Innistrad's innovation was to give us two frames of animation. Double-faced cards were incredibly exciting to us (even though it meant that some of the cards in the set would represent double the work and double the art budget), because they meant we would be able to show a real transformation.
Transformation is a fundamental part of fantasy, horror, Magic, and life. Seven to ten years from now, you'll still be you, yet most of the cells in your body will have been replaced. If you ever feel like you're someone who can't deal with what's before you, don't worry—soon enough you'll turn yourself into someone who can.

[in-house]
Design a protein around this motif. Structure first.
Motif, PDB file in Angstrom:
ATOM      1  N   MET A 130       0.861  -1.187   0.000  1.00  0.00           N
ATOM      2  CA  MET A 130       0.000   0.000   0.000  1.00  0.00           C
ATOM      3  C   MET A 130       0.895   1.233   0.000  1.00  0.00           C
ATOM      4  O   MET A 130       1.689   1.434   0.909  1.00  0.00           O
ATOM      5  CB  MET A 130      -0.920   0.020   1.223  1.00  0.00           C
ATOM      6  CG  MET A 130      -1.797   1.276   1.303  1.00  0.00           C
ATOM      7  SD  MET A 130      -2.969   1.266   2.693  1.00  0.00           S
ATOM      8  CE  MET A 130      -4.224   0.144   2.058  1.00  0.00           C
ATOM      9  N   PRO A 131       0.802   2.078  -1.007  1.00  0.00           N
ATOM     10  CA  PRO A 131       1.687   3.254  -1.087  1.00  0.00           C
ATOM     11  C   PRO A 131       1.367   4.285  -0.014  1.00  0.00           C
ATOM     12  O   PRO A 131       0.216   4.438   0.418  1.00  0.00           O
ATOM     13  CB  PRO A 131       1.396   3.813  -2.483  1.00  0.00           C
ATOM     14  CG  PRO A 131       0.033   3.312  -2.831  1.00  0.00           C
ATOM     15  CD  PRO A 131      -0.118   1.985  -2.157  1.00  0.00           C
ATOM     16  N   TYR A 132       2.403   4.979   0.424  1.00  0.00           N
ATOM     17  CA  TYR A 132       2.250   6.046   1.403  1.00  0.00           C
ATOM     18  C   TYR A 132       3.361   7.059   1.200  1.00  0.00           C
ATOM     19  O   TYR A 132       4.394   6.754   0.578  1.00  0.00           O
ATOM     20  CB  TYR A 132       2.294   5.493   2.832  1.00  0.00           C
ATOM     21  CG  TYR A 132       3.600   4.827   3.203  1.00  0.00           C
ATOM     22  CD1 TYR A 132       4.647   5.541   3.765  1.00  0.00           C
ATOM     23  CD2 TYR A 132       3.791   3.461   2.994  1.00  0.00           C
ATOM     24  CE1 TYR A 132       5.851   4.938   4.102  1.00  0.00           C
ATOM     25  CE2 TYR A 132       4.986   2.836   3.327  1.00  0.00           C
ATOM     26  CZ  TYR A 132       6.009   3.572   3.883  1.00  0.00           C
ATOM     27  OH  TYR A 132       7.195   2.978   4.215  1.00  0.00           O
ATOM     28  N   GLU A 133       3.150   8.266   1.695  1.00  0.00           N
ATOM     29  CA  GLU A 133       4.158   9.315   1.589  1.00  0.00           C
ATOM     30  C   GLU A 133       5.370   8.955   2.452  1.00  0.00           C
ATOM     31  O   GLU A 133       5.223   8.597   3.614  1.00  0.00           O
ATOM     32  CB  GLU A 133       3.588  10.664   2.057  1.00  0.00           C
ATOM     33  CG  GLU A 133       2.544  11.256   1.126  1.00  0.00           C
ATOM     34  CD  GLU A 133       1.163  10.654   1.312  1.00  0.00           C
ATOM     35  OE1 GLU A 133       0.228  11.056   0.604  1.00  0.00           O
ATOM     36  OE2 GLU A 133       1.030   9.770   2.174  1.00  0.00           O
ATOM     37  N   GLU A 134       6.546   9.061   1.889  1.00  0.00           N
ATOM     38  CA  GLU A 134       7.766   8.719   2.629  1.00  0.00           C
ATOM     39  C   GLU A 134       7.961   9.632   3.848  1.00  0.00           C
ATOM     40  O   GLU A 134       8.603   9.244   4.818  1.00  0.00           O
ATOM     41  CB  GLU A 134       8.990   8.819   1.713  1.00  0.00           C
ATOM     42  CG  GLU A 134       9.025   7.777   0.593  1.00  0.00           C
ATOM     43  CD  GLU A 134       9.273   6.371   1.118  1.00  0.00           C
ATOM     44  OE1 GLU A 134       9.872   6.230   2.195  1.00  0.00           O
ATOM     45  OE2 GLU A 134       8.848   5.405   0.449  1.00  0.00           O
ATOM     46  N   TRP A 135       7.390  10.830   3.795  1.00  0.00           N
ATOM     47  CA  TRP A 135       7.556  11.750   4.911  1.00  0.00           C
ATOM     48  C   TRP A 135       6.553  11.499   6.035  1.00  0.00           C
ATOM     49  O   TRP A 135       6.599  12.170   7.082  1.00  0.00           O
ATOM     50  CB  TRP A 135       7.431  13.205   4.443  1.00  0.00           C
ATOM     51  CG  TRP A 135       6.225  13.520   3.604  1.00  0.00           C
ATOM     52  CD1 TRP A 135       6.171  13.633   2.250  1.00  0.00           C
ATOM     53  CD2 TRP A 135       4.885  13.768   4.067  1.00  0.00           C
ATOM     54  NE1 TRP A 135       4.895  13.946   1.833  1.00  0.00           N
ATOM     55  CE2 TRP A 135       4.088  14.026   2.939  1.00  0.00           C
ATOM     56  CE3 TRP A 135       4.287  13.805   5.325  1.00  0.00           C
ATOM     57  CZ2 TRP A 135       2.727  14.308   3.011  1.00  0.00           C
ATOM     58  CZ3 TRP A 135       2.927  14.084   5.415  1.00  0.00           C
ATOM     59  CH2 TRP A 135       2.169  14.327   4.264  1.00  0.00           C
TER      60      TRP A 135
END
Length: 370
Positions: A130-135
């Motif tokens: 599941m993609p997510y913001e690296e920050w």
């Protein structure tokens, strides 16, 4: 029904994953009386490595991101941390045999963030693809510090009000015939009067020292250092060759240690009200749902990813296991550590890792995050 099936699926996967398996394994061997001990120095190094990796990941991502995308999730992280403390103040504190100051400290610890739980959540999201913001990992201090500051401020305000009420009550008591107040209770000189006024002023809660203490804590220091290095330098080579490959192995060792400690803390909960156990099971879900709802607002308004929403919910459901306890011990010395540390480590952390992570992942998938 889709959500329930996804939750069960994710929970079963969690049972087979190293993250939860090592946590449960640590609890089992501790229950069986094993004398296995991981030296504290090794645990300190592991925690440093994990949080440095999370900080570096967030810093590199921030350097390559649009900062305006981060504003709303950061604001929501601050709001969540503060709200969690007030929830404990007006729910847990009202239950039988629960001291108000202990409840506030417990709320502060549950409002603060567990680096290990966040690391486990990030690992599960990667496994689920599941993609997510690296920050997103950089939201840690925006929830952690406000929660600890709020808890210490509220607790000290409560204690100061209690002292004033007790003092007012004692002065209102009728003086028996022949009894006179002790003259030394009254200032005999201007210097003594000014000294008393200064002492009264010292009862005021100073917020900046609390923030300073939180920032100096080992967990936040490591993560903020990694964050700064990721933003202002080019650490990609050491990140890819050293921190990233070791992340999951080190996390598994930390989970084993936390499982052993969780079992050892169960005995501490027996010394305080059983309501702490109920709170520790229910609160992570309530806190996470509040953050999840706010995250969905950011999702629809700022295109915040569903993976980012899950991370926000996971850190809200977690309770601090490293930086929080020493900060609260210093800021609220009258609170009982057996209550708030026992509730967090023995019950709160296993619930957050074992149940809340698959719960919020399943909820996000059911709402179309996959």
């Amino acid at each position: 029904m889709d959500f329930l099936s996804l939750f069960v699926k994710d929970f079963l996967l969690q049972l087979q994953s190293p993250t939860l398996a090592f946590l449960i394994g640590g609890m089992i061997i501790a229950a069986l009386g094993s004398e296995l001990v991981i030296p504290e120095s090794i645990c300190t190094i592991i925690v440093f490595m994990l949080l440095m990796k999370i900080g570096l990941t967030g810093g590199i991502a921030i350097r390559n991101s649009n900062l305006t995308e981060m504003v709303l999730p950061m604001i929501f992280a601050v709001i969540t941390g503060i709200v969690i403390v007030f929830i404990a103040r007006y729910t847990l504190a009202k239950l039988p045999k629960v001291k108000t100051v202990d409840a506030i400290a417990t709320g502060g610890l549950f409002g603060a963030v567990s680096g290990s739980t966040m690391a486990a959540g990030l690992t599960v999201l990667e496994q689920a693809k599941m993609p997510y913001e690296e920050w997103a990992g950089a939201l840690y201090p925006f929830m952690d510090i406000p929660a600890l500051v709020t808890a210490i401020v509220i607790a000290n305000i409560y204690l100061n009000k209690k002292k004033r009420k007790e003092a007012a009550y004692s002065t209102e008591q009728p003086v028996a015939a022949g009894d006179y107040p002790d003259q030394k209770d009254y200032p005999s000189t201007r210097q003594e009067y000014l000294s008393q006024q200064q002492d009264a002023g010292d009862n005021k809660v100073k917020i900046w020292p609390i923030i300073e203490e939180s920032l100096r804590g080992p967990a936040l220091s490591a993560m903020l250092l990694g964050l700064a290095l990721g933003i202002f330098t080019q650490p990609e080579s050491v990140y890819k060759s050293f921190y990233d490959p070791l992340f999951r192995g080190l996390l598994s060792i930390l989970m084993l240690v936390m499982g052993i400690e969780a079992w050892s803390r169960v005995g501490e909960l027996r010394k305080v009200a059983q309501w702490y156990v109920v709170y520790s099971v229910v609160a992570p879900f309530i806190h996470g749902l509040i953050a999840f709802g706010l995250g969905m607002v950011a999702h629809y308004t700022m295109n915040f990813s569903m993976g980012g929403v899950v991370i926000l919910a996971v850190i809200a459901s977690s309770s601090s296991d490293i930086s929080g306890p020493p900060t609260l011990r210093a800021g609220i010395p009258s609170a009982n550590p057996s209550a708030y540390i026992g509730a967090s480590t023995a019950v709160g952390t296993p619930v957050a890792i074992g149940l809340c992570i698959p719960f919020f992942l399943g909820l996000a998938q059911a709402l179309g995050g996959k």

"It may be hard for an egg to turn into a bird: it would be a jolly sight harder for it to learn to fly while remaining an egg. We are like eggs at present. And you cannot go on indefinitely being just an ordinary, decent egg. We must be hatched or go bad."
—C. S. Lewis
Letter of the Week
Dear Doug Beyer,
It is possible this question has been asked before since it seems to be a natural one. I am wondering about the provenance of instant and sorcery spells such as Disentomb, Mental Misstep and the like. This is to say, are these spells invented by some mage, and then passed on by word of mouth or through texts? Are they just natural talents that some spellcasters possess? Or are they natural parts of this universe of which spellcasters can take advantage, in the same way a NASA engineer might take advantage of universal gravitation?
In short, my question is whether spells are invented or discovered.
Great question, Cal.